Is It Possible to Rezone Your Land?



by Laura Mueller

There are a lot of factors that you need to pay attention to when buying land, and zoning is one of the most important. How a property is zoned gives you a ton of information about what you can and cannot do with it, including regulations on building, landscaping, and general land use. But if the zoning laws don’t align with your plans, is it possible to have the property rezoned for your desired purpose? It’s a bit complicated—and, unfortunately, not so easy to do.

Here’s what to know about rezoning, plus where to start if you’re interested in pursuing the process.

Zoning 101

Zoning laws are legally-binding guidelines on property use that are set out by the local governing body. They’re typically codified as part of a master plan for the neighborhood or town, with areas designated for specific uses such as residential or commercial development. Other things that zoning laws may regulate include:

• Building heights
• Building density
• Access roads and parking
• Removal of certain natural resources

Think of zoning laws like a rule book for what is and isn’t possible on a piece of land. They’re the reason you can’t build a shopping center in the middle of a subdivision… or a subdivision in the middle of a shopping center. They’re also potentially a major obstacle to doing what you want on a piece of land, since you won’t be able to make any changes without the zoning rights to do so.

Can you get your land rezoned?

It’s always recommended that you do thorough research on any zoning laws in relation to a property before you invest. That way, you won’t run into any surprises when you go to apply for building permits or pursue other types of improvements.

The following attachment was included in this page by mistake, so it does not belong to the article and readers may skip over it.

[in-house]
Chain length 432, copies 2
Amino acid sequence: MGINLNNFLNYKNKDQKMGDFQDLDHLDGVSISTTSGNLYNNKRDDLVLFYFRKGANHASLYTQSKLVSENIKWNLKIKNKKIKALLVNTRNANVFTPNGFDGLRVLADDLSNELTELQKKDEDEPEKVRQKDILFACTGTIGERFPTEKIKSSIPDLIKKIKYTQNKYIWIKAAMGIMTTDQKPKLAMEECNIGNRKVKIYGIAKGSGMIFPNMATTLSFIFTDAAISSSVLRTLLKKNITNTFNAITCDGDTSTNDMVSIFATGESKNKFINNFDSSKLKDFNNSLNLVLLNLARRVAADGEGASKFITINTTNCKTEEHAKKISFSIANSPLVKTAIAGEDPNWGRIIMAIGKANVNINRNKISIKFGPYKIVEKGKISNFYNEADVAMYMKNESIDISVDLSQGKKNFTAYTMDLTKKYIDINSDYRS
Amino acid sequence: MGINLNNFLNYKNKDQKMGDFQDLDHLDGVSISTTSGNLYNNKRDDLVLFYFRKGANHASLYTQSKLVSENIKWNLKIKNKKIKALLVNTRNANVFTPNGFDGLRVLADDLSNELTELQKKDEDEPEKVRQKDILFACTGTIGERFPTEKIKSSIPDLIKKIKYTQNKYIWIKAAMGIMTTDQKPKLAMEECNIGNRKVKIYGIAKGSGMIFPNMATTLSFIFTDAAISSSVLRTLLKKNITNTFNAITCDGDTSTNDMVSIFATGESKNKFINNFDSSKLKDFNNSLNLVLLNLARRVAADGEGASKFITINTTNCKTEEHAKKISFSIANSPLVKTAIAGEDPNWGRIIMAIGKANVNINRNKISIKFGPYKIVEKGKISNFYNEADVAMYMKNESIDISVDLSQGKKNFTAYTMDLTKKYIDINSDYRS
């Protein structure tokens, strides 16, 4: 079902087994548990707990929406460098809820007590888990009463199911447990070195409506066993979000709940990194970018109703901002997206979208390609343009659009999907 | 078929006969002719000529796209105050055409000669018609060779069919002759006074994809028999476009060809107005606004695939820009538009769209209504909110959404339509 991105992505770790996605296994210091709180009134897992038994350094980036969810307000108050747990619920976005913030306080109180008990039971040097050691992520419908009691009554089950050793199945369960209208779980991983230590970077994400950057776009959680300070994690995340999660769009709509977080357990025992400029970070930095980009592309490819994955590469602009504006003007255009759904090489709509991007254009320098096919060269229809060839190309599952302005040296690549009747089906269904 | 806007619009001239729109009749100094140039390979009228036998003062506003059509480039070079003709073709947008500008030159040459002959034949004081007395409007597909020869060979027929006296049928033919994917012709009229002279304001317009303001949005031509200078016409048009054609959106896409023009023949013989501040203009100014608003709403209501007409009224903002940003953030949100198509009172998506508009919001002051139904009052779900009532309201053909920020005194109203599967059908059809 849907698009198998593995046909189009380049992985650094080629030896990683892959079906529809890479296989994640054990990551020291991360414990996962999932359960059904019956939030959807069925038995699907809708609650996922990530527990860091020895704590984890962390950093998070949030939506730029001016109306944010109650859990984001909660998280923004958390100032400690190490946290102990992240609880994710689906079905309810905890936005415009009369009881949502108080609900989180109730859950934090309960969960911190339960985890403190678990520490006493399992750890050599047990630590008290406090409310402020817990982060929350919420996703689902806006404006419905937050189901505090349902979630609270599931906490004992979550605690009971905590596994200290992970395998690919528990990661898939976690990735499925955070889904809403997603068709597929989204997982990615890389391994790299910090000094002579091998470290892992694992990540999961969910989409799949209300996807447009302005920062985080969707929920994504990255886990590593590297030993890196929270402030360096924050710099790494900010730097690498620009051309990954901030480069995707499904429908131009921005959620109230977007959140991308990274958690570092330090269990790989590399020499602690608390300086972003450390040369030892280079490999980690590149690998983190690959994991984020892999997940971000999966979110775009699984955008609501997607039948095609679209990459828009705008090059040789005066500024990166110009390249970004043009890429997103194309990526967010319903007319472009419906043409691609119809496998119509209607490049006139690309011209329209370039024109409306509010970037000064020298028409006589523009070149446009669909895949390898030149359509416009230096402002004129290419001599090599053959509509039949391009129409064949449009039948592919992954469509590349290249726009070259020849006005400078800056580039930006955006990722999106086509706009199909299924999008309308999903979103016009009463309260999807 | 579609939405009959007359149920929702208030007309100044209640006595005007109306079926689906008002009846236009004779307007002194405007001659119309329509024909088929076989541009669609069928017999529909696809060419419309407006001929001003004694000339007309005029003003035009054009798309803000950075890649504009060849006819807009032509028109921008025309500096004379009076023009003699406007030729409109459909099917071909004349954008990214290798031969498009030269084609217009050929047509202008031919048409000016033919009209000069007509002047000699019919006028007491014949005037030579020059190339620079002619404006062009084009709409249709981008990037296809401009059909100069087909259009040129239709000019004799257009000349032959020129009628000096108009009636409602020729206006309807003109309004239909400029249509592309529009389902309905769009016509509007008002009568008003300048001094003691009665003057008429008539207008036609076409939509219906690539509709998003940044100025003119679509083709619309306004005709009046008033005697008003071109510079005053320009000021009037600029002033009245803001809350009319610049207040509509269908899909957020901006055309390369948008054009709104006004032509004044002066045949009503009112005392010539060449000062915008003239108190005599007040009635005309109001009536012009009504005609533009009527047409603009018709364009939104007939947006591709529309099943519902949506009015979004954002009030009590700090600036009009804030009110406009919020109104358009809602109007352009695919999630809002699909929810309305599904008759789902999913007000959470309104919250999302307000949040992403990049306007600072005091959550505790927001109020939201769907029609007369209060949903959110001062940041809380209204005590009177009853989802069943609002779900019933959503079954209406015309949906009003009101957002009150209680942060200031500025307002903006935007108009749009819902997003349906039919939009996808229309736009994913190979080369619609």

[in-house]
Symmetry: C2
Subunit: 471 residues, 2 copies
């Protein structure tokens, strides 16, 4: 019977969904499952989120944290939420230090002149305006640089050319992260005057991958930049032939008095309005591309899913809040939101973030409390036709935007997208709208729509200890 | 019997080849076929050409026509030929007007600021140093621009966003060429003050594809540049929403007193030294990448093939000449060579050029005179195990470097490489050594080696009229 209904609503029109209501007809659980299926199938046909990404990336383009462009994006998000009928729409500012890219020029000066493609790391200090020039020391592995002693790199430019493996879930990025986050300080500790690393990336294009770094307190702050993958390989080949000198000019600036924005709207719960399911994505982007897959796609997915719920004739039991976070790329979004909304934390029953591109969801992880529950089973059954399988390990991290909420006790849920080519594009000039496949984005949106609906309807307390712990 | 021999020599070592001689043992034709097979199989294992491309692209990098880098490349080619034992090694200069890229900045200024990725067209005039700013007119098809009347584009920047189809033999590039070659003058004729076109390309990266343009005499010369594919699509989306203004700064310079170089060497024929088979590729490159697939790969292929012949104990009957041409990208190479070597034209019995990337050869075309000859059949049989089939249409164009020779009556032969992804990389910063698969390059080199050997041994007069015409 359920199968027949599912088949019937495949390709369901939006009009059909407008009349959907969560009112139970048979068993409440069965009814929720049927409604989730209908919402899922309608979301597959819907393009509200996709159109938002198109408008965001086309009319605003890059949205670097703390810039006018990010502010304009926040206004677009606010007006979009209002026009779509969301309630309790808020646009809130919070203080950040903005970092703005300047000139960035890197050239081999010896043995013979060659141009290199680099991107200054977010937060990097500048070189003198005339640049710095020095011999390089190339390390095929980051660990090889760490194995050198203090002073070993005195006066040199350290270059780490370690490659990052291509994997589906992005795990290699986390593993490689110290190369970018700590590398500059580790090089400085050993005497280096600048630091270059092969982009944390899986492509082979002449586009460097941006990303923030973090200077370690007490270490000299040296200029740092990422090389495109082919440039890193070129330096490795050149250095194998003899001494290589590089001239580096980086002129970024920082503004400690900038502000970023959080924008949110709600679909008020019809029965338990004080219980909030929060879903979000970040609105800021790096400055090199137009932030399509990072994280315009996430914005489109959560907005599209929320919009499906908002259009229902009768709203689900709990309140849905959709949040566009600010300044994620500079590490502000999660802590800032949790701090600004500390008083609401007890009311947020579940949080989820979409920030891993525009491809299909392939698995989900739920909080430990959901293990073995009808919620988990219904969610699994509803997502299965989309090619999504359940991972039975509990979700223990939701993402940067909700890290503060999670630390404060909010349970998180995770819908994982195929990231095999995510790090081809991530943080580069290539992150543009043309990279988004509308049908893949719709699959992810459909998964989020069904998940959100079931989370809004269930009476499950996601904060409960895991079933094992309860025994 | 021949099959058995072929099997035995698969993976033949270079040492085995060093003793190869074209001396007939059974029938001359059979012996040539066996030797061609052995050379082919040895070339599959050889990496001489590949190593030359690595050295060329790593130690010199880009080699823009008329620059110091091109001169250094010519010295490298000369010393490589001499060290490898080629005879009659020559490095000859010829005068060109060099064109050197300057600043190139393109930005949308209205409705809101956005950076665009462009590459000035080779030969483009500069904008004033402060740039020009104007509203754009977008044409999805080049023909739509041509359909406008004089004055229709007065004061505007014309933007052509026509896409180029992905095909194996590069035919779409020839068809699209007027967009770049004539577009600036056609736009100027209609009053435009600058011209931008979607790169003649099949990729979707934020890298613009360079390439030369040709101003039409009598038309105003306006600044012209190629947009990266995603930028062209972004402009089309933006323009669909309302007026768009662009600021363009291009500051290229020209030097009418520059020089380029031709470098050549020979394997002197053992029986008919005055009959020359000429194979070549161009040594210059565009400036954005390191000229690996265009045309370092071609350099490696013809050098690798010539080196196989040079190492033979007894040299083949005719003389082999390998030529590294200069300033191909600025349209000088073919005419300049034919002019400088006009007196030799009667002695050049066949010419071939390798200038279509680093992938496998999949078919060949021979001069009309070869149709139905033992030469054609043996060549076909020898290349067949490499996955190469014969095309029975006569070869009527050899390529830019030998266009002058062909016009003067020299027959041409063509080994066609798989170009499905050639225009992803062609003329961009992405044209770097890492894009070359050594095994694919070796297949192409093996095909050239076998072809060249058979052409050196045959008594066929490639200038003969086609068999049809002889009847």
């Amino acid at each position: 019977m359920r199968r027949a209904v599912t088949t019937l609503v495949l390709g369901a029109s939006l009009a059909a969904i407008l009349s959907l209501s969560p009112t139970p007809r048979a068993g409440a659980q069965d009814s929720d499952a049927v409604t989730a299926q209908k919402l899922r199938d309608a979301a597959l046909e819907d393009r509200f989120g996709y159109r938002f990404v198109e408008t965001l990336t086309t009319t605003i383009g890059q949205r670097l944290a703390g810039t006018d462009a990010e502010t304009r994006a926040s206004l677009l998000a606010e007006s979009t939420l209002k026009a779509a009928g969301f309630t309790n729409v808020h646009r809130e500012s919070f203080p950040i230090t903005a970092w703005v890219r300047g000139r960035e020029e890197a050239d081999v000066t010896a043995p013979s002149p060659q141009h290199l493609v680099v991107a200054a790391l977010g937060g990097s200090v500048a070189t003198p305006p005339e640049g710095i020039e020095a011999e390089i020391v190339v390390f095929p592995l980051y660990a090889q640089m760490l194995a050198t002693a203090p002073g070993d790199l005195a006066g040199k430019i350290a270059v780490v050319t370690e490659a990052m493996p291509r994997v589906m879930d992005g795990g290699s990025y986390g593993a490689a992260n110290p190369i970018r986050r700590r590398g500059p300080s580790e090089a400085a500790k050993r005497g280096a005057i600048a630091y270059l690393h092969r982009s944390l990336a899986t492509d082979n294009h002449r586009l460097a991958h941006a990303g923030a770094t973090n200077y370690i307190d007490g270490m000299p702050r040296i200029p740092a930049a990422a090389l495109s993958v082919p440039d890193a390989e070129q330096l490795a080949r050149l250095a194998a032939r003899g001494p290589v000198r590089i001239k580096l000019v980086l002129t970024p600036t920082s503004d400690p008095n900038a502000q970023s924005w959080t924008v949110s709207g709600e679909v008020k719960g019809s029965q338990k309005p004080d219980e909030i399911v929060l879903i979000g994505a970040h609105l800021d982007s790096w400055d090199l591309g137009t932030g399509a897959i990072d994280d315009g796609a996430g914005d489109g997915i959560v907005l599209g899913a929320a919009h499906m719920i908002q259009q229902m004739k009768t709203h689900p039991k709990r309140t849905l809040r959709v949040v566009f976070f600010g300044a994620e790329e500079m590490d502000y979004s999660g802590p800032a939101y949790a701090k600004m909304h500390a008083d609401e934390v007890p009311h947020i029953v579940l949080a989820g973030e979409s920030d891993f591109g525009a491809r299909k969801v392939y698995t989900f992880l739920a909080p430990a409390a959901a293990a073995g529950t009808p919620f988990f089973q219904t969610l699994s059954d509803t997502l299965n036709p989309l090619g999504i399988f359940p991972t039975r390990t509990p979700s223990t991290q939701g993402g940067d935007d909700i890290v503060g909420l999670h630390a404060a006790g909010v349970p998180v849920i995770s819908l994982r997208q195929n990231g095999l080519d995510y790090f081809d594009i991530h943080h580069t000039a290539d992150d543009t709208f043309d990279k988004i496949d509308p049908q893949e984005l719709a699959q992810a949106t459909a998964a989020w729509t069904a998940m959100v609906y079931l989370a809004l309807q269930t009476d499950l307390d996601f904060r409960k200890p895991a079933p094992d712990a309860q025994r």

However, it’s certainly possible that when you’re searching for land you’ll find a parcel that is perfect in every way—except for how it’s zoned. If that happens, you can try to get it rezoned, but it’s going to take some work and it’s definitely not a guarantee.

At minimum, there are two things that you will have to prove in order to achieve a change in a property’s zoning regulations:

1. That it benefits the community. Asking to have your land rezoned for fully personal use is a tough sell. Local lawmakers want to know that the change will benefit the entire community, particularly in terms of economic potential.

2. That it adheres to state and federal laws.
Beyond local zoning laws there are also state and federal requirements that dictate how land can be used. If there’s a statute standing in your way, even local support won’t be enough to change the regulations.
Your local government probably has other considerations too, but plan to meet these two must-haves if you want your rezoning request to have a shot.

How to apply for rezoning

If you can make a good case for rezoning your land, then your next step is to petition for a rezoning with your local Building and Planning Department.

Be ready to prove those two considerations mentioned above, with plenty of supporting documents to back up your claims. In addition, have a clear plan for what you want to do on the land and why it’s worth making the change. Keep in mind that you will likely have to pay a fine, with the cost to apply for rezoning starting at around $1,000.

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